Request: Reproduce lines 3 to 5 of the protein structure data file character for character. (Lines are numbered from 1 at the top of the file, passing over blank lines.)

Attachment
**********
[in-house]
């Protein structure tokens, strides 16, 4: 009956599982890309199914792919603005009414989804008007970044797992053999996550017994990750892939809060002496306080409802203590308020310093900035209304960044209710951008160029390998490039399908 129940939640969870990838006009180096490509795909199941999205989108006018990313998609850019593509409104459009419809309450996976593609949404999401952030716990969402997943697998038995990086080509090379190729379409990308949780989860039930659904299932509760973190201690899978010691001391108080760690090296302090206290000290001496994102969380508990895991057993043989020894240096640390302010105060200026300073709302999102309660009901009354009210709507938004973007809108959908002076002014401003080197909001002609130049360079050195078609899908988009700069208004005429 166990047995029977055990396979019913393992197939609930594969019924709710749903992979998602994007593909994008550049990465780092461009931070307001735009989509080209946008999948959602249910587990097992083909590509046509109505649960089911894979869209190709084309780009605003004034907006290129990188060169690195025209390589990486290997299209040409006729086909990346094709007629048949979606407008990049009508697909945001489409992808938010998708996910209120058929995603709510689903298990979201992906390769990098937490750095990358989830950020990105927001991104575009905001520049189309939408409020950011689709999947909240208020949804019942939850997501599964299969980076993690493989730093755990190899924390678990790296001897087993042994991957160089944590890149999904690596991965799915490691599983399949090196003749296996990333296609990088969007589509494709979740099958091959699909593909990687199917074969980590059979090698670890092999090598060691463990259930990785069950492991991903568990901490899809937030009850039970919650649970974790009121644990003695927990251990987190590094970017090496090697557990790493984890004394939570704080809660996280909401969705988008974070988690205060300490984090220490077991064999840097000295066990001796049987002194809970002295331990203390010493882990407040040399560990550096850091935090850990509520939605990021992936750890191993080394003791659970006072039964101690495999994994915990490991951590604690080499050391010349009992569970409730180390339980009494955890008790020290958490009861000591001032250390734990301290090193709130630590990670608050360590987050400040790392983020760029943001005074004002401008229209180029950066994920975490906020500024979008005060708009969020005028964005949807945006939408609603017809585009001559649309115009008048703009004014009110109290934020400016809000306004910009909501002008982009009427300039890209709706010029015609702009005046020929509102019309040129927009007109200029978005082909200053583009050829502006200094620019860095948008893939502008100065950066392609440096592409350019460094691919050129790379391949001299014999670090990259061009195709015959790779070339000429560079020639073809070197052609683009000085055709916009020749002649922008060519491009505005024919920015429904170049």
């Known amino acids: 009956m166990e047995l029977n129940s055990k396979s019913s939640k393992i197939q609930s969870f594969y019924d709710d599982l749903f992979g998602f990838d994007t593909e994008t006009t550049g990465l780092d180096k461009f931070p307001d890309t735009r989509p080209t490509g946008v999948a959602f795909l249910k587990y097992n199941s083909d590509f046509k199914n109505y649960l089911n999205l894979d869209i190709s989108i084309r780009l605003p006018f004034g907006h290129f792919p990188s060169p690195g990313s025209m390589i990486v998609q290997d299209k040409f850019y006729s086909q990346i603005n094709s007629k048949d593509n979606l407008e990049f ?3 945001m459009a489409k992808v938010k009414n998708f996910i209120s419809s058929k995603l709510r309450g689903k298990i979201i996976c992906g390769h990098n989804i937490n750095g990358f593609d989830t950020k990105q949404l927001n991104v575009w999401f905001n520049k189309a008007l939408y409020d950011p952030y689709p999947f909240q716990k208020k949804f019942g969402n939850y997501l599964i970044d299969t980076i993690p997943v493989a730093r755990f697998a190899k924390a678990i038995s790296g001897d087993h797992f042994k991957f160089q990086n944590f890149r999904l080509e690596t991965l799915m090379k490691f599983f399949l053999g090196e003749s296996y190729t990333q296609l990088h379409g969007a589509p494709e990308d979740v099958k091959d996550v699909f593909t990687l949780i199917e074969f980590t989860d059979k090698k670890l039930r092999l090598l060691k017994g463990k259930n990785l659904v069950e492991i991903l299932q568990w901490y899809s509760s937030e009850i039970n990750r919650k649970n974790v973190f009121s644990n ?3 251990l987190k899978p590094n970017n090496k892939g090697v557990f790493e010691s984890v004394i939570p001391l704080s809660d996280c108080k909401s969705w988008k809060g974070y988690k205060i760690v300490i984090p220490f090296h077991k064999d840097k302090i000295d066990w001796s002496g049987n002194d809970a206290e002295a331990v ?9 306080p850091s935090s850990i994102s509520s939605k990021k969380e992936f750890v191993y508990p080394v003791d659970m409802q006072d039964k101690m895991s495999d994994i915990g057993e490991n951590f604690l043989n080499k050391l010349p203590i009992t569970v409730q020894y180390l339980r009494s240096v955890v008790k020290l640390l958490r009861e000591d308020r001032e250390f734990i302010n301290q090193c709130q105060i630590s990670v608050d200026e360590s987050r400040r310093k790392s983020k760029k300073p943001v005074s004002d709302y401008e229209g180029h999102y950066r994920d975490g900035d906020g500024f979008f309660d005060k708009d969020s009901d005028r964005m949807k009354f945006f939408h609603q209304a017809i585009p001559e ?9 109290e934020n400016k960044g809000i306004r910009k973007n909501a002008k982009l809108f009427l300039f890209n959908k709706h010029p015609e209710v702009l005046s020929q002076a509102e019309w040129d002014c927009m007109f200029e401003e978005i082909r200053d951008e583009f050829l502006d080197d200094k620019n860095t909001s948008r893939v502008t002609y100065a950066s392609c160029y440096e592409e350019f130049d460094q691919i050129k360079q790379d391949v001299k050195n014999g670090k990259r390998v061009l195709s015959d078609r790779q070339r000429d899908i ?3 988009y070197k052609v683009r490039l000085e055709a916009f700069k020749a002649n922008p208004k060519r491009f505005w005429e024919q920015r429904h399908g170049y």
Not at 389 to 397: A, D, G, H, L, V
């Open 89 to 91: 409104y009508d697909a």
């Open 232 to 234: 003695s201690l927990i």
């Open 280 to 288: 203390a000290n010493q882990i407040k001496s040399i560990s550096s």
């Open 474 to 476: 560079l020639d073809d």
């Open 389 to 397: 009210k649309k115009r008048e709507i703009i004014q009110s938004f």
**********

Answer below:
């Known amino acids: 009956m166990e047995l029977n129940s055990k396979s019913s939640k393992i197939q609930s969870f594969y019924d709710d599982l749903f992979g998602f990838d994007t593909e994008t006009t550049g990465l780092d180096k461009f931070p307001d890309t735009r989509p080209t490509g946008v999948a959602f795909l249910k587990y097992n199941s083909d590509f046509k199914n109505y649960l089911n999205l894979d869209i190709s989108i084309r780009l605003p006018f004034g907006h290129f792919p990188s060169p690195g990313s025209m390589i990486v998609q290997d299209k040409f850019y006729s086909q990346i603005n094709s007629k048949d593509n979606l407008e990049f ?3 945001m459009a489409k992808v938010k009414n998708f996910i209120s419809s058929k995603l709510r309450g689903k298990i979201i996976c992906g390769h990098n989804i937490n750095g990358f593609d989830t950020k990105q949404l927001n991104v575009w999401f905001n520049k189309a008007l939408y409020d950011p952030y689709p999947f909240q716990k208020k949804f019942g969402n939850y997501l599964i970044d299969t980076i993690p997943v493989a730093r755990f697998a190899k924390a678990i038995s790296g001897d087993h797992f042994k991957f160089q990086n944590f890149r999904l080509e690596t991965l799915m090379k490691f599983f399949l053999g090196e003749s296996y190729t990333q296609l990088h379409g969007a589509p494709e990308d979740v099958k091959d996550v699909f593909t990687l949780i199917e074969f980590t989860d059979k090698k670890l039930r092999l090598l060691k017994g463990k259930n990785l659904v069950e492991i991903l299932q568990w901490y899809s509760s937030e009850i039970n990750r919650k649970n974790v973190f009121s644990n ?3 251990l987190k899978p590094n970017n090496k892939g090697v557990f790493e010691s984890v004394i939570p001391l704080s809660d996280c108080k909401s969705w988008k809060g974070y988690k205060i760690v300490i984090p220490f090296h077991k064999d840097k302090i000295d066990w001796s002496g049987n002194d809970a206290e002295a331990v ?9 306080p850091s935090s850990i994102s509520s939605k990021k969380e992936f750890v191993y508990p080394v003791d659970m409802q006072d039964k101690m895991s495999d994994i915990g057993e490991n951590f604690l043989n080499k050391l010349p203590i009992t569970v409730q020894y180390l339980r009494s240096v955890v008790k020290l640390l958490r009861e000591d308020r001032e250390f734990i302010n301290q090193c709130q105060i630590s990670v608050d200026e360590s987050r400040r310093k790392s983020k760029k300073p943001v005074s004002d709302y401008e229209g180029h999102y950066r994920d975490g900035d906020g500024f979008f309660d005060k708009d969020s009901d005028r964005m949807k009354f945006f939408h609603q209304a017809i585009p001559e ?9 109290e934020n400016k960044g809000i306004r910009k973007n909501a002008k982009l809108f009427l300039f890209n959908k709706h010029p015609e209710v702009l005046s020929q002076a509102e019309w040129d002014c927009m007109f200029e401003e978005i082909r200053d951008e583009f050829l502006d080197d200094k620019n860095t909001s948008r893939v502008t002609y100065a950066s392609c160029y440096e592409e350019f130049d460094q691919i050129k360079q790379d391949v001299k050195n014999g670090k990259r390998v061009l195709s015959d078609r790779q070339r000429d899908i ?3 988009y070197k052609v683009r490039l000085e055709a916009f700069k020749a002649n922008p208004k060519r491009f505005w005429e024919q920015r429904h399908g170049y």
Not at 389 to 397: A, D, G, H, L, V
């Open 89 to 91: 409104y009508d697909a």